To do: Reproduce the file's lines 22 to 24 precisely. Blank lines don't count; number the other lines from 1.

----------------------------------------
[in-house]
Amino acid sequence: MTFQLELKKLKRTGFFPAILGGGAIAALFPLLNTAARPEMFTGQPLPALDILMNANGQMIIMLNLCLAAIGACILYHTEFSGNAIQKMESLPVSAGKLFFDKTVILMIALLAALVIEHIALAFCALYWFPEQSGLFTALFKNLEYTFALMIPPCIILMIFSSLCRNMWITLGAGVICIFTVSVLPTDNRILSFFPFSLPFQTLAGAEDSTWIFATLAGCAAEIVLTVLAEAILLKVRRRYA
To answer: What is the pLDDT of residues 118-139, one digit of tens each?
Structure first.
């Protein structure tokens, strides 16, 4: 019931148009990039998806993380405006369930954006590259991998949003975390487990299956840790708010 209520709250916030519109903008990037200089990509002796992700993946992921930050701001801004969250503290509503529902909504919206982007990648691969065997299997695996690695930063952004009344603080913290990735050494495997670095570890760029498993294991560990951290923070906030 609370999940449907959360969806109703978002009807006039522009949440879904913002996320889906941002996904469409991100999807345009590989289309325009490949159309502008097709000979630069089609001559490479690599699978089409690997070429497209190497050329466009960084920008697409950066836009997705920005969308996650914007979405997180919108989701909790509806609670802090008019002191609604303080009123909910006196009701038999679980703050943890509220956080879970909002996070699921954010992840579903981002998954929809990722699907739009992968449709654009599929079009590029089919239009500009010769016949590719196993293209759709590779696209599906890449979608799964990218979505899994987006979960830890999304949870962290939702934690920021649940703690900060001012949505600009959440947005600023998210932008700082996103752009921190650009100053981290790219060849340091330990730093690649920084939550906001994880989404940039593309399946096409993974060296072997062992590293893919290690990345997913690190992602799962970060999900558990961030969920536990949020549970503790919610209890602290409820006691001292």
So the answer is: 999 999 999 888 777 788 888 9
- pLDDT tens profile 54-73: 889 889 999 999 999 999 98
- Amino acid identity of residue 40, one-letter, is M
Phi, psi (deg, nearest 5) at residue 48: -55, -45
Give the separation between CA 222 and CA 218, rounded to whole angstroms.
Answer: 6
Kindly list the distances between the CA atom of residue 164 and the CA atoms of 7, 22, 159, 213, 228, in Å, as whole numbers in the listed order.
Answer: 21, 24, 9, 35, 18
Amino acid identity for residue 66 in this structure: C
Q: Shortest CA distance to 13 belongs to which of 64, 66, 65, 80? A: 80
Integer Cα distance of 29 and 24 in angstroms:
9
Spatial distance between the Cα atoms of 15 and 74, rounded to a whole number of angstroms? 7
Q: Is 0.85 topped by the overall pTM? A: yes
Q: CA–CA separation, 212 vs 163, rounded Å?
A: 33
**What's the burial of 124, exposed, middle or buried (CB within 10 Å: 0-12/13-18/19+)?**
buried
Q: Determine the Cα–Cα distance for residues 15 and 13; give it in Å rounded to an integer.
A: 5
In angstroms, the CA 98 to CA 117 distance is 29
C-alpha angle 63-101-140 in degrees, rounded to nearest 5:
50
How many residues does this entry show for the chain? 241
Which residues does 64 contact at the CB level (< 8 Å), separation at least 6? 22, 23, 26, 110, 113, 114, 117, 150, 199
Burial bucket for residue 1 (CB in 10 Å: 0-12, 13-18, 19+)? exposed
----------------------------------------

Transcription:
**What's the burial of 124, exposed, middle or buried (CB within 10 Å: 0-12/13-18/19+)?**
buried
Q: Determine the Cα–Cα distance for residues 15 and 13; give it in Å rounded to an integer.